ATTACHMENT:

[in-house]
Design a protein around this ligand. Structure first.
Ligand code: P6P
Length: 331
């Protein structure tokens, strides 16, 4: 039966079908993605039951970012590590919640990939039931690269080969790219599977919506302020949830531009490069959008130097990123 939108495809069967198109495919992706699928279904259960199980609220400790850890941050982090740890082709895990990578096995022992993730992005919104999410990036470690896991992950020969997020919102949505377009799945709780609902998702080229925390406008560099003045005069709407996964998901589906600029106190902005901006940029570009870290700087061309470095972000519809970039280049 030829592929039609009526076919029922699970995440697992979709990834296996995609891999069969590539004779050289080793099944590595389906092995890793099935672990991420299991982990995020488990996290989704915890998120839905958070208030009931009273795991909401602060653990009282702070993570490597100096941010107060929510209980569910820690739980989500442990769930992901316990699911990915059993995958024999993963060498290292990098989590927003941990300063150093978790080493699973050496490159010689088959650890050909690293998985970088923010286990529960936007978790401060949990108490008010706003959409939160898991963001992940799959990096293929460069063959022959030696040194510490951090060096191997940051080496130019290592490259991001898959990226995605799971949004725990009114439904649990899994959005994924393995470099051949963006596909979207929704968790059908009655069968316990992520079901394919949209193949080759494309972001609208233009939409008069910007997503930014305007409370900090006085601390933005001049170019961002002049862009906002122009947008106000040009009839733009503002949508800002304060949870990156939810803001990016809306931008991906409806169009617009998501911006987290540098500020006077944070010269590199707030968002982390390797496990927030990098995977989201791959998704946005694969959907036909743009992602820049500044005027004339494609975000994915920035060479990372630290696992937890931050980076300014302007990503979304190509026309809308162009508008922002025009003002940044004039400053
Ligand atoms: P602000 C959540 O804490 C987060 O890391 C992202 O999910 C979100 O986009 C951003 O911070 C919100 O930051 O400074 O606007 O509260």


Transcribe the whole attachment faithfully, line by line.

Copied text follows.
[in-house]
Design a protein around this ligand. Structure first.
Ligand code: P6P
Length: 331
């Protein structure tokens, strides 16, 4: 039966079908993605039951970012590590919640990939039931690269080969790219599977919506302020949830531009490069959008130097990123 939108495809069967198109495919992706699928279904259960199980609220400790850890941050982090740890082709895990990578096995022992993730992005919104999410990036470690896991992950020969997020919102949505377009799945709780609902998702080229925390406008560099003045005069709407996964998901589906600029106190902005901006940029570009870290700087061309470095972000519809970039280049 030829592929039609009526076919029922699970995440697992979709990834296996995609891999069969590539004779050289080793099944590595389906092995890793099935672990991420299991982990995020488990996290989704915890998120839905958070208030009931009273795991909401602060653990009282702070993570490597100096941010107060929510209980569910820690739980989500442990769930992901316990699911990915059993995958024999993963060498290292990098989590927003941990300063150093978790080493699973050496490159010689088959650890050909690293998985970088923010286990529960936007978790401060949990108490008010706003959409939160898991963001992940799959990096293929460069063959022959030696040194510490951090060096191997940051080496130019290592490259991001898959990226995605799971949004725990009114439904649990899994959005994924393995470099051949963006596909979207929704968790059908009655069968316990992520079901394919949209193949080759494309972001609208233009939409008069910007997503930014305007409370900090006085601390933005001049170019961002002049862009906002122009947008106000040009009839733009503002949508800002304060949870990156939810803001990016809306931008991906409806169009617009998501911006987290540098500020006077944070010269590199707030968002982390390797496990927030990098995977989201791959998704946005694969959907036909743009992602820049500044005027004339494609975000994915920035060479990372630290696992937890931050980076300014302007990503979304190509026309809308162009508008922002025009003002940044004039400053
Ligand atoms: P602000 C959540 O804490 C987060 O890391 C992202 O999910 C979100 O986009 C951003 O911070 C919100 O930051 O400074 O606007 O509260």